Re: Myths of the Highway of Tears (B.C. Views, Oct. 28).
Tom Fletcher’s column triggered my memory of the dog whistle politics we saw in the recent federal election.
The Highway of Tears is not a myth and using mythology in the title of that column is an insult to the hundreds of Aboriginal families who have lost loved ones as a result of many tragedies that have occurred on that road and across this country.
The identity politics of the outgoing prime minister were properly rewarded, and the party that showed Stephen Harper the door at 24 Sussex Drive has promised an inquiry into the disproportionate number of murders and disappearances that continue to occur in the Aboriginal population.
It would be hoped that an inquiry will begin to expose the depth and colour of systemic issues inherent in Canadian institutions that help perpetuate these tragedies, and that the new federal government will commit to real solutions from its recommendations.
The incoming prime minister has made further commitments to the 92 recommendations that came out of the Truth and Reconciliation Commission process. The TRC has helped many Canadians to understand the origins of deep-rooted problems faced by Aboriginal communities both on and off reserve, and to help move Canadians individually and collectively to a reconciliation commitment. Those current and future problems will always be about the quality of the relationship between the First Nations people and the general non-native population.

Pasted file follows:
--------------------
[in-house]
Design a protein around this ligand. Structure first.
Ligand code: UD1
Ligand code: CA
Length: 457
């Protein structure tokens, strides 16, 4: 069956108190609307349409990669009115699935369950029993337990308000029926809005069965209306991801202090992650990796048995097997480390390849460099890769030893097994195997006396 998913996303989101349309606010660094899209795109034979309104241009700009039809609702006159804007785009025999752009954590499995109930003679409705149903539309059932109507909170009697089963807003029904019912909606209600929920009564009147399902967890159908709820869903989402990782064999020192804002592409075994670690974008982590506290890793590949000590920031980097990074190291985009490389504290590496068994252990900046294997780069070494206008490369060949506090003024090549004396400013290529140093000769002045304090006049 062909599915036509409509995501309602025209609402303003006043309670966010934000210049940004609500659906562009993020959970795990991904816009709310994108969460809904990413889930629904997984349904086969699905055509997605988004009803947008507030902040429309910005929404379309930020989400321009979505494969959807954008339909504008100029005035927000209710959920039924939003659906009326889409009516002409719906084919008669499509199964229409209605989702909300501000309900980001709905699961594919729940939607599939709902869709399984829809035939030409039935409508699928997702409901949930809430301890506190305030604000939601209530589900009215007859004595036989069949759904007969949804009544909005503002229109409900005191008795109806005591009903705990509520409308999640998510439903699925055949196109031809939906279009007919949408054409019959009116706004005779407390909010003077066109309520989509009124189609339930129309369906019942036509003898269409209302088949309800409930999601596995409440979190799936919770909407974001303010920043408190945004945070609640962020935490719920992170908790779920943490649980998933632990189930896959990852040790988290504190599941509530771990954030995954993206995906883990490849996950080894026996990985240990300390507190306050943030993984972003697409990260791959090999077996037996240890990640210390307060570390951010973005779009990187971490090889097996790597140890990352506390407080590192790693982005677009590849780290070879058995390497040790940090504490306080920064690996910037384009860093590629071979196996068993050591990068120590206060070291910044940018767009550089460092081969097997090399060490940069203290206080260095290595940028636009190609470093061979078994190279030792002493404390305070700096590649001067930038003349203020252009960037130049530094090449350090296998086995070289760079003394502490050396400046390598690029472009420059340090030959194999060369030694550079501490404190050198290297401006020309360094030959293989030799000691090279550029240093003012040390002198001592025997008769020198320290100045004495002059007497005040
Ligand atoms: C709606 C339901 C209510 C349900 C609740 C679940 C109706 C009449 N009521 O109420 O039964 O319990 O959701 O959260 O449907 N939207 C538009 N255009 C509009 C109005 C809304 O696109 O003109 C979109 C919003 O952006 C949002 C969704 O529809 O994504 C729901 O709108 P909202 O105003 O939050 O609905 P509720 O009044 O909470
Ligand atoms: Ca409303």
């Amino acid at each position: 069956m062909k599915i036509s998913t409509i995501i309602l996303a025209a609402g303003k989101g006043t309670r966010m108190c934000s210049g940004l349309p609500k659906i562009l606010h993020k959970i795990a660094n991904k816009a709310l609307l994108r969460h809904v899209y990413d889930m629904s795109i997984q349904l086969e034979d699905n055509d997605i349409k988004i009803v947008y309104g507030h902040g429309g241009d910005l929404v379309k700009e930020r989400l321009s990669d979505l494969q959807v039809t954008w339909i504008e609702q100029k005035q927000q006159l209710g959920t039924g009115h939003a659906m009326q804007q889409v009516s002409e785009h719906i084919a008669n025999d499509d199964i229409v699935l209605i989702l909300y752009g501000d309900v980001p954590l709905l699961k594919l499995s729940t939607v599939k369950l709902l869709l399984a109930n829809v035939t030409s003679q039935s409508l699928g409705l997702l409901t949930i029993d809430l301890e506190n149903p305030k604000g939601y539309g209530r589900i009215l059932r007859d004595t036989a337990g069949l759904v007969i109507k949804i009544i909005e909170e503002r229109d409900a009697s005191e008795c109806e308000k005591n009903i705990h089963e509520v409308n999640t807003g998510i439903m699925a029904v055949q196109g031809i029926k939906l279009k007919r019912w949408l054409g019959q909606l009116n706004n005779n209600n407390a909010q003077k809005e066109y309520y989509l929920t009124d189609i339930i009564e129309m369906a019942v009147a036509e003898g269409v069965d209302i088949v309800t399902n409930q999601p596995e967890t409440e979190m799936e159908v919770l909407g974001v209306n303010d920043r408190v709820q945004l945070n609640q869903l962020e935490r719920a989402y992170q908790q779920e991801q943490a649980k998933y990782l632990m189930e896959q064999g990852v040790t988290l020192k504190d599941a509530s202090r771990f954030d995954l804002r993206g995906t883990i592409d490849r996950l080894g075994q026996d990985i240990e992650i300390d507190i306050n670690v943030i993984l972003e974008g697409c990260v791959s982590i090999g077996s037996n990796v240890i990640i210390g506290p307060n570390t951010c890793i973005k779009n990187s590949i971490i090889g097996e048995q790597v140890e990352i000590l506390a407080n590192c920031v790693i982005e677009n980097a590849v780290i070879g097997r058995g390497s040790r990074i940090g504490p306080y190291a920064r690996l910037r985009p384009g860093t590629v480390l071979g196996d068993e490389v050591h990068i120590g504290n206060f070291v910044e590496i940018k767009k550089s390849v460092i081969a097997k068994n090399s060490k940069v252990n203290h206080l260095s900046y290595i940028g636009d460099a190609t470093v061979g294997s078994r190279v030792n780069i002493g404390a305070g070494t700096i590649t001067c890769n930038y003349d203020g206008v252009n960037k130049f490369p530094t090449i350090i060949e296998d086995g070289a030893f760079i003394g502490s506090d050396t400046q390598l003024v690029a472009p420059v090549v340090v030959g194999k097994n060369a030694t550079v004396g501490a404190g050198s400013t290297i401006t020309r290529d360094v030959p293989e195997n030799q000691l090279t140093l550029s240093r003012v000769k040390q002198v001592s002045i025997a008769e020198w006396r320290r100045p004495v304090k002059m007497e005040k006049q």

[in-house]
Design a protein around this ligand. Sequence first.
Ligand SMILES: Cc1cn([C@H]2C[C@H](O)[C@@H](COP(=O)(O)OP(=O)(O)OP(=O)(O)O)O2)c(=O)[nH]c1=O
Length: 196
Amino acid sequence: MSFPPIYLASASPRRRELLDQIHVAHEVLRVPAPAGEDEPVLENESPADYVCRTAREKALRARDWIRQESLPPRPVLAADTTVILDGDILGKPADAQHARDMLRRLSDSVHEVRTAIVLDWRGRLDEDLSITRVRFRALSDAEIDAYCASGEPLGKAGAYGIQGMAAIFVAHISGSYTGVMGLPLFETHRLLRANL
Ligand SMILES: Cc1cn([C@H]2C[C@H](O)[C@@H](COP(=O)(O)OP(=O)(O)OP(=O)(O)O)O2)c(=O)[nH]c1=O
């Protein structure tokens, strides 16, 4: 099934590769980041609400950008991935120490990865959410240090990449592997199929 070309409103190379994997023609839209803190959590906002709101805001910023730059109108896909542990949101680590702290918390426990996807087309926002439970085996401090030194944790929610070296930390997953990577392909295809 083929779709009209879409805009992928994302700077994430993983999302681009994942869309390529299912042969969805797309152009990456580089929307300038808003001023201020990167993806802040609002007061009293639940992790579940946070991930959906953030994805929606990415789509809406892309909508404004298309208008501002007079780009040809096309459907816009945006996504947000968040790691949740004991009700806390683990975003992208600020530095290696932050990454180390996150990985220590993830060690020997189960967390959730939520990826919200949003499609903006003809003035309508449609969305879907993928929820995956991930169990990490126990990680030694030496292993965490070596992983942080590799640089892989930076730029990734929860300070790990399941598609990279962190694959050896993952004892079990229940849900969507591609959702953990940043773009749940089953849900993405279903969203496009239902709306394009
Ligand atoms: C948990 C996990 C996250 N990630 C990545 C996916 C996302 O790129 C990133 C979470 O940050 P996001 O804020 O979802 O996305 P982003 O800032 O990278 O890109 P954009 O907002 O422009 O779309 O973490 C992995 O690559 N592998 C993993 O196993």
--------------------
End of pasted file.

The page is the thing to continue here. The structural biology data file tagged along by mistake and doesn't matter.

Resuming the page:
Improving the transportation options for people in the North is primary, but it does not solve the systemic problems that continue to poison opportunities for everyone to work together to end the dysphoria that has dominated Aboriginal communities.
Reconciliation Canada is a key agent of change in this space and is dedicated to building meaningful relationships where all Canadians achieve their full potential and shared prosperity. Getting informed is the first step. Stepping into this discourse is the next. I am stepping in.